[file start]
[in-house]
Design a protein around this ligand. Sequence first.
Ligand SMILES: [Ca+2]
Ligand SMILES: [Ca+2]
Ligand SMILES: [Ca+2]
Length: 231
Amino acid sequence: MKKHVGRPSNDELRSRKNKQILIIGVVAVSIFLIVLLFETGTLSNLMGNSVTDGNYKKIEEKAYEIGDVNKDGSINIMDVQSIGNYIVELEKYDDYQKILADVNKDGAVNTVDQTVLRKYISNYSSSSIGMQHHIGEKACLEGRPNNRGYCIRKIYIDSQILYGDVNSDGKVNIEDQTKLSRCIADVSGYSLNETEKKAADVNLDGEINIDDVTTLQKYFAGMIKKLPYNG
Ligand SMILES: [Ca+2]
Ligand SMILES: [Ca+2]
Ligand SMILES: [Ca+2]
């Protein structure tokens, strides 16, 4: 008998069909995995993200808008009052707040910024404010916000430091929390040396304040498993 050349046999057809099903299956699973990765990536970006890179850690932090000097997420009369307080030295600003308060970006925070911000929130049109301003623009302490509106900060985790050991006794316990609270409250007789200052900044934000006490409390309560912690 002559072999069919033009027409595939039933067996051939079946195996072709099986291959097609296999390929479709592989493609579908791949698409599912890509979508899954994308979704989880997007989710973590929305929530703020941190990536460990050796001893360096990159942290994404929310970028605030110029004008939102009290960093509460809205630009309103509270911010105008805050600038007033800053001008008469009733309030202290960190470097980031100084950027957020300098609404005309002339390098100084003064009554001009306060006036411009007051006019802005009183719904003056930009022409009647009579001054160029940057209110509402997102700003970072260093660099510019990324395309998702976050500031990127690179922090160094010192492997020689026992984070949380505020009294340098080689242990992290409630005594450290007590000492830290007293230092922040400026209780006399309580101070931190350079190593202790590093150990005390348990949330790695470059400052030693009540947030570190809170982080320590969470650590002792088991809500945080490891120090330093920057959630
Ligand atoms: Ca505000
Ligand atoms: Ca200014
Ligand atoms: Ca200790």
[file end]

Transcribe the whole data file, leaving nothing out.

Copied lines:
[in-house]
Design a protein around this ligand. Sequence first.
Ligand SMILES: [Ca+2]
Ligand SMILES: [Ca+2]
Ligand SMILES: [Ca+2]
Length: 231
Amino acid sequence: MKKHVGRPSNDELRSRKNKQILIIGVVAVSIFLIVLLFETGTLSNLMGNSVTDGNYKKIEEKAYEIGDVNKDGSINIMDVQSIGNYIVELEKYDDYQKILADVNKDGAVNTVDQTVLRKYISNYSSSSIGMQHHIGEKACLEGRPNNRGYCIRKIYIDSQILYGDVNSDGKVNIEDQTKLSRCIADVSGYSLNETEKKAADVNLDGEINIDDVTTLQKYFAGMIKKLPYNG
Ligand SMILES: [Ca+2]
Ligand SMILES: [Ca+2]
Ligand SMILES: [Ca+2]
């Protein structure tokens, strides 16, 4: 008998069909995995993200808008009052707040910024404010916000430091929390040396304040498993 050349046999057809099903299956699973990765990536970006890179850690932090000097997420009369307080030295600003308060970006925070911000929130049109301003623009302490509106900060985790050991006794316990609270409250007789200052900044934000006490409390309560912690 002559072999069919033009027409595939039933067996051939079946195996072709099986291959097609296999390929479709592989493609579908791949698409599912890509979508899954994308979704989880997007989710973590929305929530703020941190990536460990050796001893360096990159942290994404929310970028605030110029004008939102009290960093509460809205630009309103509270911010105008805050600038007033800053001008008469009733309030202290960190470097980031100084950027957020300098609404005309002339390098100084003064009554001009306060006036411009007051006019802005009183719904003056930009022409009647009579001054160029940057209110509402997102700003970072260093660099510019990324395309998702976050500031990127690179922090160094010192492997020689026992984070949380505020009294340098080689242990992290409630005594450290007590000492830290007293230092922040400026209780006399309580101070931190350079190593202790590093150990005390348990949330790695470059400052030693009540947030570190809170982080320590969470650590002792088991809500945080490891120090330093920057959630
Ligand atoms: Ca505000
Ligand atoms: Ca200014
Ligand atoms: Ca200790």